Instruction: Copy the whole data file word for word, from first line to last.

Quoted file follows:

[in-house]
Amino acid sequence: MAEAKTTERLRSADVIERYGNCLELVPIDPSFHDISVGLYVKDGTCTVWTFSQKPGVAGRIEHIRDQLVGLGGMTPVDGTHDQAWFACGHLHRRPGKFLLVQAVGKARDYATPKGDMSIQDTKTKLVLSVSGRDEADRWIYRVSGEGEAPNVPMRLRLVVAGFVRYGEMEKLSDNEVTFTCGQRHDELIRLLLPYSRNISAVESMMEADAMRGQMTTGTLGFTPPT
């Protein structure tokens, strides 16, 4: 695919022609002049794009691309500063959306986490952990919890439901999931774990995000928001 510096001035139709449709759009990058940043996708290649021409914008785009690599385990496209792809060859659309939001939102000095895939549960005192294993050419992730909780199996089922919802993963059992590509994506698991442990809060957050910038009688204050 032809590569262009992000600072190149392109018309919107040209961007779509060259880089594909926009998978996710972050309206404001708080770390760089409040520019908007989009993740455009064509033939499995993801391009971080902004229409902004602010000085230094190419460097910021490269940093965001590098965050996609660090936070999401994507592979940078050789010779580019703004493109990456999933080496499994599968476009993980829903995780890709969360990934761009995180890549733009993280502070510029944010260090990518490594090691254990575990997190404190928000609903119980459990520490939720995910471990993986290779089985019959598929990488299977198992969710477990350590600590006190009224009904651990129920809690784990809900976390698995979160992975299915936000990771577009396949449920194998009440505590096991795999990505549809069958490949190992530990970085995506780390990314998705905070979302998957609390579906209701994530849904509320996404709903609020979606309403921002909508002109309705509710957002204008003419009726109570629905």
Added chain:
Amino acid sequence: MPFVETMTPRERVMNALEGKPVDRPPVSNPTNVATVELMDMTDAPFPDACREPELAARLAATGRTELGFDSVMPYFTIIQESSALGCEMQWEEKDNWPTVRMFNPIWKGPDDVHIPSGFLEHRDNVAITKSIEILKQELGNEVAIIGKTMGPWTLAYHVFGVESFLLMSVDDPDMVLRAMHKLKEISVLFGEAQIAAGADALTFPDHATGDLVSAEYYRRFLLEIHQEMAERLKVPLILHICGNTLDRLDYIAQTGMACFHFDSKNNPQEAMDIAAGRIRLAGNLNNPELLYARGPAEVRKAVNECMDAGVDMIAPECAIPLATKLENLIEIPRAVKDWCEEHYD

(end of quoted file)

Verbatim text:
[in-house]
Amino acid sequence: MAEAKTTERLRSADVIERYGNCLELVPIDPSFHDISVGLYVKDGTCTVWTFSQKPGVAGRIEHIRDQLVGLGGMTPVDGTHDQAWFACGHLHRRPGKFLLVQAVGKARDYATPKGDMSIQDTKTKLVLSVSGRDEADRWIYRVSGEGEAPNVPMRLRLVVAGFVRYGEMEKLSDNEVTFTCGQRHDELIRLLLPYSRNISAVESMMEADAMRGQMTTGTLGFTPPT
């Protein structure tokens, strides 16, 4: 695919022609002049794009691309500063959306986490952990919890439901999931774990995000928001 510096001035139709449709759009990058940043996708290649021409914008785009690599385990496209792809060859659309939001939102000095895939549960005192294993050419992730909780199996089922919802993963059992590509994506698991442990809060957050910038009688204050 032809590569262009992000600072190149392109018309919107040209961007779509060259880089594909926009998978996710972050309206404001708080770390760089409040520019908007989009993740455009064509033939499995993801391009971080902004229409902004602010000085230094190419460097910021490269940093965001590098965050996609660090936070999401994507592979940078050789010779580019703004493109990456999933080496499994599968476009993980829903995780890709969360990934761009995180890549733009993280502070510029944010260090990518490594090691254990575990997190404190928000609903119980459990520490939720995910471990993986290779089985019959598929990488299977198992969710477990350590600590006190009224009904651990129920809690784990809900976390698995979160992975299915936000990771577009396949449920194998009440505590096991795999990505549809069958490949190992530990970085995506780390990314998705905070979302998957609390579906209701994530849904509320996404709903609020979606309403921002909508002109309705509710957002204008003419009726109570629905």
Added chain:
Amino acid sequence: MPFVETMTPRERVMNALEGKPVDRPPVSNPTNVATVELMDMTDAPFPDACREPELAARLAATGRTELGFDSVMPYFTIIQESSALGCEMQWEEKDNWPTVRMFNPIWKGPDDVHIPSGFLEHRDNVAITKSIEILKQELGNEVAIIGKTMGPWTLAYHVFGVESFLLMSVDDPDMVLRAMHKLKEISVLFGEAQIAAGADALTFPDHATGDLVSAEYYRRFLLEIHQEMAERLKVPLILHICGNTLDRLDYIAQTGMACFHFDSKNNPQEAMDIAAGRIRLAGNLNNPELLYARGPAEVRKAVNECMDAGVDMIAPECAIPLATKLENLIEIPRAVKDWCEEHYD